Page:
Collecting food and gift cards, Encompass seeks to create as normal a holiday celebration as possible for families in need, providing a box filled with a holiday meal and staples that will last them throughout the month.

“We try and do basic needs first,” said Encompass Community Activities manager Stacey Cepeda. There is also room to provide something special for families. “We try to include in each box an extra item that may be fun for kids.”

Families in need are referred to Encompass by their family support programs and by school counselors who see a need during the holiday season.

Increased need isn’t surprising given the state of the economy, Cepada said.

“These are typical families, struggling anyway,” she said. “When you throw in the downside of the economy, it really affects people who are trying to make ends meet.”

Respectful Giving donations can be dropped off at Encompass before Saturday, Dec. 19. Besides food, gift cards for fun family activities are encouraged, since they can help struggling families share bright moments and forget tough times.

Mamma’s Hands

Providing a home for women and children in crisis, Mamma’s Hands House of Hope in North Bend has seen inspiring support from the community this holiday season.

Seeing an increased need to help women and children who have lost their homes or need help, Mamma’s Hands asks for essentials including grocery store gift cards, household cleaning items, and cards for activities and needs for the home.

“The bills during the winter go up,” House Manager Marsha Bennett-Reinert said. “Overall giving goes down after the holidays.”

The generosity of the Valley shines through at times.

“People in this valley are amazing,” Bennett-Reinert said. “There are Girl Scout troops and church groups who traditionally come through every Christmas and do a lot of stuff for our ladies and kids.”

Extra help given to Mamma’s Hands includes a Giving Tree and Christmas parties.

Anything that the community can do to help pay bills and normalize the lives of mothers and children is much appreciated, Bennett-Reinert said. To learn more about House of Hope, e-mail to

Operation Santa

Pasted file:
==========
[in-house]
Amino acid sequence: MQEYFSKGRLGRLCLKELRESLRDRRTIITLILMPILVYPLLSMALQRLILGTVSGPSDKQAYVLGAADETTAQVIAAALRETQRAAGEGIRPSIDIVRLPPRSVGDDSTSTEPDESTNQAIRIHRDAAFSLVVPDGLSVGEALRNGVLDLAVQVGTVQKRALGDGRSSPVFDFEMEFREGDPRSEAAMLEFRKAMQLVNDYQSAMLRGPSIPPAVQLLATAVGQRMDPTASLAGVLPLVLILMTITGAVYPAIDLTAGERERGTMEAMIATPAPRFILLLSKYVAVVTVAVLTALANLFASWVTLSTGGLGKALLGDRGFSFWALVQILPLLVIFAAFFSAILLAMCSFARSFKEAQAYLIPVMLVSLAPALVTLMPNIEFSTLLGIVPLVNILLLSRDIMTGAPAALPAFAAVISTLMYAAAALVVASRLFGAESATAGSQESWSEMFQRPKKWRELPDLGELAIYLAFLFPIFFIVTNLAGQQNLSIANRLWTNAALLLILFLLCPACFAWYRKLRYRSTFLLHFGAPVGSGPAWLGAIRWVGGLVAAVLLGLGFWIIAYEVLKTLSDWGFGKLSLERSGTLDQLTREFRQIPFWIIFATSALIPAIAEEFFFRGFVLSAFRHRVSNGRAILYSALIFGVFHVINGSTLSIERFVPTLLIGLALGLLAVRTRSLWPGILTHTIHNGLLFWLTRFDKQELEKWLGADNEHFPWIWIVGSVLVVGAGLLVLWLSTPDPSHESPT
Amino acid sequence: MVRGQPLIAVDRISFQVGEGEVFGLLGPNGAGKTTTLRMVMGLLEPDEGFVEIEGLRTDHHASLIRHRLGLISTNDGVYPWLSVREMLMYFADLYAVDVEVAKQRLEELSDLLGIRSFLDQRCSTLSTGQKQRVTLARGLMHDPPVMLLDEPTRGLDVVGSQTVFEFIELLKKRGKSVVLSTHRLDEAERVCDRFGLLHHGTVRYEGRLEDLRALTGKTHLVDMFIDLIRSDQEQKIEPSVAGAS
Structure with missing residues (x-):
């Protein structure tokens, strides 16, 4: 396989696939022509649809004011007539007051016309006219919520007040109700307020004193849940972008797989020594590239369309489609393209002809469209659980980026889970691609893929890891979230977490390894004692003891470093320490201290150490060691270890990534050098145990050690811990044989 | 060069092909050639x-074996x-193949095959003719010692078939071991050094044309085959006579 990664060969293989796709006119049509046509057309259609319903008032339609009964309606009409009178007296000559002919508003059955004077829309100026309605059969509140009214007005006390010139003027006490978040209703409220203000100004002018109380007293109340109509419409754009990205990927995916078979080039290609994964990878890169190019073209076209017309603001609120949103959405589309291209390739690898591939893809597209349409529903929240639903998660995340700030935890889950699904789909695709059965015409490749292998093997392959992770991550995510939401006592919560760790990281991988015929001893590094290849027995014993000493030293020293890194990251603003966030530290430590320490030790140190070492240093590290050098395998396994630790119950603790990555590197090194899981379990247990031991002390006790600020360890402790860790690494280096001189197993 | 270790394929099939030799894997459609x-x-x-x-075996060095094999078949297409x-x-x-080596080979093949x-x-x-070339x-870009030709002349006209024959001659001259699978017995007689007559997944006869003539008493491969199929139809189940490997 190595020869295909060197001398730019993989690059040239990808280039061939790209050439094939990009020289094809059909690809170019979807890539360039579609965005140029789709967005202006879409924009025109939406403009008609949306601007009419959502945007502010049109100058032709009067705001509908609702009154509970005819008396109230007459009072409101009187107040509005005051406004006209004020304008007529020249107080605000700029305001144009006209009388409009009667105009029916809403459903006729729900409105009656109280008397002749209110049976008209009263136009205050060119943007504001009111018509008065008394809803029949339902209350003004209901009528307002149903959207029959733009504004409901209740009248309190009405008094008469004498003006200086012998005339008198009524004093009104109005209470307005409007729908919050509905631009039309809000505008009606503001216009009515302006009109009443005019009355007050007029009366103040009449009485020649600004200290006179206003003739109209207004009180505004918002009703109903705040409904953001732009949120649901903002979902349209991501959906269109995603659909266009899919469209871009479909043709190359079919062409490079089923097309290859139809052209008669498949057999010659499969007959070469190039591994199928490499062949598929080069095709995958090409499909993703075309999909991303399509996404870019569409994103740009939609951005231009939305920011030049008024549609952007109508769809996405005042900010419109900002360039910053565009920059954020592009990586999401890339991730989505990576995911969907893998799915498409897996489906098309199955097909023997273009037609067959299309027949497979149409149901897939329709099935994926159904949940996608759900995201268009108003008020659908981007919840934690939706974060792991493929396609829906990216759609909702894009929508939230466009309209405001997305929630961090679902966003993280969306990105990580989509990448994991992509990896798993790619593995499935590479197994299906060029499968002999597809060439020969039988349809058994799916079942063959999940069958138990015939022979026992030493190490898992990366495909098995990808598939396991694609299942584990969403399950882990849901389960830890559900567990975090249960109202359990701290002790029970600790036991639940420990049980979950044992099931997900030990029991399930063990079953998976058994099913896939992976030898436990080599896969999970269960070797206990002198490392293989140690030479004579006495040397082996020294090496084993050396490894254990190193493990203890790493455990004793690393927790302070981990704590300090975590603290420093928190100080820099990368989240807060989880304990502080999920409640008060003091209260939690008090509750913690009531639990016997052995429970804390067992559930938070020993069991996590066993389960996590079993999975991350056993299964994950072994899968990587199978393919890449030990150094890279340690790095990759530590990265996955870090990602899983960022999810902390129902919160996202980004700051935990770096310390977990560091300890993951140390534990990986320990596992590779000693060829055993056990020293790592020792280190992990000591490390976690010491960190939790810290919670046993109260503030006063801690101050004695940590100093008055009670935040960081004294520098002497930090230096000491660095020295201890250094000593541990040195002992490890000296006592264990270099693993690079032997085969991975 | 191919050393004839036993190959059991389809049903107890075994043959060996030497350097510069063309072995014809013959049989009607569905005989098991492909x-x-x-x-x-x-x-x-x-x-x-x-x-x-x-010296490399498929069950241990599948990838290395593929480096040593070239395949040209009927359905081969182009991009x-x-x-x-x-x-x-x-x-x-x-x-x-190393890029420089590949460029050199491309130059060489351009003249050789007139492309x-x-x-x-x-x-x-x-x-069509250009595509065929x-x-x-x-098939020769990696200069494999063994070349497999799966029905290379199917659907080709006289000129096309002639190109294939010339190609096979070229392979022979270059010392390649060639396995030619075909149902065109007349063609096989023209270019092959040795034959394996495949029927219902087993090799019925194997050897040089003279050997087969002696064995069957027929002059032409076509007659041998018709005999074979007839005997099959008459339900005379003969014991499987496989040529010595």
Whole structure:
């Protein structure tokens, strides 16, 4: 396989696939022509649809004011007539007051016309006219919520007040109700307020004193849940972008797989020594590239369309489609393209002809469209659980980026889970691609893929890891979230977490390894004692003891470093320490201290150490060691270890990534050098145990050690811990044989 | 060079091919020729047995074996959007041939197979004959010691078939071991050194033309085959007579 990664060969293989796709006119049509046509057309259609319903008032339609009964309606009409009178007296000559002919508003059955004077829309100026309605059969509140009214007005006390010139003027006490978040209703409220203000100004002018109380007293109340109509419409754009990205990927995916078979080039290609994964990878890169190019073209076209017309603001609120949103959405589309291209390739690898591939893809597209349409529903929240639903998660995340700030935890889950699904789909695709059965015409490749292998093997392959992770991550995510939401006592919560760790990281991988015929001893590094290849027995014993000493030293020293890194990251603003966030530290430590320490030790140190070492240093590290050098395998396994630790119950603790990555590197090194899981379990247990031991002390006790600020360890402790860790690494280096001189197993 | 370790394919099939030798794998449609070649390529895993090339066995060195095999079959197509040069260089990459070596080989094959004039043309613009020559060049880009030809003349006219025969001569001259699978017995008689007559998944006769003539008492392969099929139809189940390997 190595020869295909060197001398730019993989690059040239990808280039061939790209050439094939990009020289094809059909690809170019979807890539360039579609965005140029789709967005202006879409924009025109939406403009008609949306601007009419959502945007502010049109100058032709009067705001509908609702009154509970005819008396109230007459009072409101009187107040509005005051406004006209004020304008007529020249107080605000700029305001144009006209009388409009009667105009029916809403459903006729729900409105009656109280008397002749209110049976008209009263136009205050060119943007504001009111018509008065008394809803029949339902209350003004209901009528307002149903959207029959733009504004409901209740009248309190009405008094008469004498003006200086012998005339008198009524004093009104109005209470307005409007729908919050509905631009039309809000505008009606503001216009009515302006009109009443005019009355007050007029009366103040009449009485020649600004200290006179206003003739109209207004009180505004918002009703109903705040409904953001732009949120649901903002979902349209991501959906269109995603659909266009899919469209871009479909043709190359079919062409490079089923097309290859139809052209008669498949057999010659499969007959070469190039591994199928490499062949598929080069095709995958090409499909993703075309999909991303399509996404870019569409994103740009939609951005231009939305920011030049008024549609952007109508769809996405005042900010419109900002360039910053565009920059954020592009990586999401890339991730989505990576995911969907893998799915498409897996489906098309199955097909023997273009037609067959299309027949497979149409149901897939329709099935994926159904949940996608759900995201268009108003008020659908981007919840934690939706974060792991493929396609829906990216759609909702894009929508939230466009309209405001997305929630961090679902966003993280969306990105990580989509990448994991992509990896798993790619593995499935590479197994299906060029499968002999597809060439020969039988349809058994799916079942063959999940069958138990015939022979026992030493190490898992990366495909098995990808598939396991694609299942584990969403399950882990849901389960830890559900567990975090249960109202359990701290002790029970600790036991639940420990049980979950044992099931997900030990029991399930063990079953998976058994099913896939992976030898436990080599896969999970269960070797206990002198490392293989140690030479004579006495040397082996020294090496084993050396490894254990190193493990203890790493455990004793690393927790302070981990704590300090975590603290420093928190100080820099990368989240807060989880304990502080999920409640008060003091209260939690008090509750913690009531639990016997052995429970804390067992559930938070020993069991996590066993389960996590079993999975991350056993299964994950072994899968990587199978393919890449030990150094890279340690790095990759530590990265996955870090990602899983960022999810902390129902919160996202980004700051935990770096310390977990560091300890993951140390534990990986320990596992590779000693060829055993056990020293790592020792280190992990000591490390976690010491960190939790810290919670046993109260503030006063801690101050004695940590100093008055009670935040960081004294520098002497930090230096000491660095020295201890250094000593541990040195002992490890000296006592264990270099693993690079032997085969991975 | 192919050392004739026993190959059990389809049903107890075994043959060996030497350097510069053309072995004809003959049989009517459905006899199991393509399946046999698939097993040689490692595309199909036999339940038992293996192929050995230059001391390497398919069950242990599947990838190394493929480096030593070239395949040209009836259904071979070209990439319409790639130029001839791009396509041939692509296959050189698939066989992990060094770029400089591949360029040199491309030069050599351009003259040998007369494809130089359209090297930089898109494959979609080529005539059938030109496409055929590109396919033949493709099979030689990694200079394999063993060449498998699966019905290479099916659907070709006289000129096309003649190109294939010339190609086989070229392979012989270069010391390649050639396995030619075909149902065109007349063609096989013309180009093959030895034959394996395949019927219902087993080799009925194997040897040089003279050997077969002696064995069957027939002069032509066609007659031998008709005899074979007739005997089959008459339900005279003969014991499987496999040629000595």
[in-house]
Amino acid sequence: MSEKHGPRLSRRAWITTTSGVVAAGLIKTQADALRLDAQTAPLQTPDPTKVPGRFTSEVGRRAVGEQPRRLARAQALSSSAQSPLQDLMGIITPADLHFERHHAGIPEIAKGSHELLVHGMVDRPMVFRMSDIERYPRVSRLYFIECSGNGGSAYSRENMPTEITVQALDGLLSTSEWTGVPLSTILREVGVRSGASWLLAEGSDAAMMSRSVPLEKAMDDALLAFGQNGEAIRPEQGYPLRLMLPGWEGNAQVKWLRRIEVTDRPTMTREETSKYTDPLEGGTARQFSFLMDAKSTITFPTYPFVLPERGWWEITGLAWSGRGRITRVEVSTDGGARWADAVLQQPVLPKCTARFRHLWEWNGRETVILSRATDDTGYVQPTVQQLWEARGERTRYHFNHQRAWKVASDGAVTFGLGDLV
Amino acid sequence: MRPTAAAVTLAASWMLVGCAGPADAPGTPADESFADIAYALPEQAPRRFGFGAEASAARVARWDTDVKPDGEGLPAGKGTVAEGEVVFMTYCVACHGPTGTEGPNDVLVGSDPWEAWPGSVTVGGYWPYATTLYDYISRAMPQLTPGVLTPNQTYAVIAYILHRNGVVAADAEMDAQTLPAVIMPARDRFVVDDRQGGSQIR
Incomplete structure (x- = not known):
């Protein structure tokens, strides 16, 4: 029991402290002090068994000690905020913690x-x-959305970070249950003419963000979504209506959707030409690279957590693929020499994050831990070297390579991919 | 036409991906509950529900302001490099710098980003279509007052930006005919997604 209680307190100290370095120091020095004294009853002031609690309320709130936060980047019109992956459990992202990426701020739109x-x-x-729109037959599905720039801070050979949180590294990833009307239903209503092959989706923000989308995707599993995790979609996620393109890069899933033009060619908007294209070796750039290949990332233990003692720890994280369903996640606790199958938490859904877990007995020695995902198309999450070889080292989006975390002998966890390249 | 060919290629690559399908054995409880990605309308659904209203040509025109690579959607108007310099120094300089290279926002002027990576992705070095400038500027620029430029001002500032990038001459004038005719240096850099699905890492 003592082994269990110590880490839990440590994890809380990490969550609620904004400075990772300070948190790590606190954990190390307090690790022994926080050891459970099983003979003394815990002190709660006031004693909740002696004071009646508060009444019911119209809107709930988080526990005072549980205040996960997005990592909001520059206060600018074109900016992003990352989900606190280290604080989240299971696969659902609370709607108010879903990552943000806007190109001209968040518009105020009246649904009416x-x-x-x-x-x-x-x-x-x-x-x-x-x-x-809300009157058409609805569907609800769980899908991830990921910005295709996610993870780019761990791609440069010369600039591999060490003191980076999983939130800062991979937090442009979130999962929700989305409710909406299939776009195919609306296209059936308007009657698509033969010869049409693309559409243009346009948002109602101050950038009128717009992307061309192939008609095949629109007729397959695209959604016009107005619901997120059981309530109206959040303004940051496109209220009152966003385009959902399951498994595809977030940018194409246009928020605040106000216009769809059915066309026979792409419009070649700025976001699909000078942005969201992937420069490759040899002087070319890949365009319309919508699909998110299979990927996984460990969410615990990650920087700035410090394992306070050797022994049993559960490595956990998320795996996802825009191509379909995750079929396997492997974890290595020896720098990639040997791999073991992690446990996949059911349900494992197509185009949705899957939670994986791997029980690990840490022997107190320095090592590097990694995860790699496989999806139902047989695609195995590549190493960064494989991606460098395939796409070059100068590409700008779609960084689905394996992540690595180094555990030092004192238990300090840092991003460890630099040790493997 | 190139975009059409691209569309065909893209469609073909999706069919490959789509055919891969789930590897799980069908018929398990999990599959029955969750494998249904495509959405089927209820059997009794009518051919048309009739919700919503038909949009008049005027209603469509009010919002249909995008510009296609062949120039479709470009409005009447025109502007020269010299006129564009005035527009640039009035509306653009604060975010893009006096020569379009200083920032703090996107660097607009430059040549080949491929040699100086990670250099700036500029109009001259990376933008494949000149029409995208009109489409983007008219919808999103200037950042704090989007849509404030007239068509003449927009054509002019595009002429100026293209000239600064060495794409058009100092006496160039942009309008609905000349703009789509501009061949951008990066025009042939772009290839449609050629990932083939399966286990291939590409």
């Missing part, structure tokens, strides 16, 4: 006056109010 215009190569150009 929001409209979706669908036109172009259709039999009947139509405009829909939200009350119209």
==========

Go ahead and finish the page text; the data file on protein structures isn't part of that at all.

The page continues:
The King County Sheriff’s Office substation in North Bend is now collecting donations for its Operation Santa Claus.

Filling boxes with holiday food essentials, the sheriff’s office has seen steady support from families in the community, this year as in previous years.

“If you walk into our office our lobby, there’s a stack of donations,” said North Bend Police Chief Mark Toner. “Good people are realizing there are others who need (help) as well.”

Deputies who respond to calls in the community often find families in crisis. They contact those families for Operation Santa, providing holiday care packages,

Families who receive care packages are contacted when officers go out for calls and see them in a crisis situation.

Some families start crying when they get the call to participate.

“A couple of them admitted that they didn’t know what they’d do that year,” said Kym Smith, sheriff’s station office supervisor said.

Families understand the holiday season is a time to be joyous, but many have trouble finding it because of their financial status.

A big difference this year — families that need help are getting bigger.

“Usually they’ll only have two kids, but this year it’s grandparents, cousins and extended family staying in one home,” Smith said.

Constantly filling up boxes throughout the day, sheriff’s staff still need coats, sweatshirts and socks.

While many residents show their generosity through giving during the holiday season, Smith noted that many people are still in need throughout the year.

To start lowering the amount of need in the Valley, Smith said it’s up to the economy.

“It really needs to get a jump start,” she said. “There’s so many people without jobs and the dynamics of families have seen a huge change because of this.”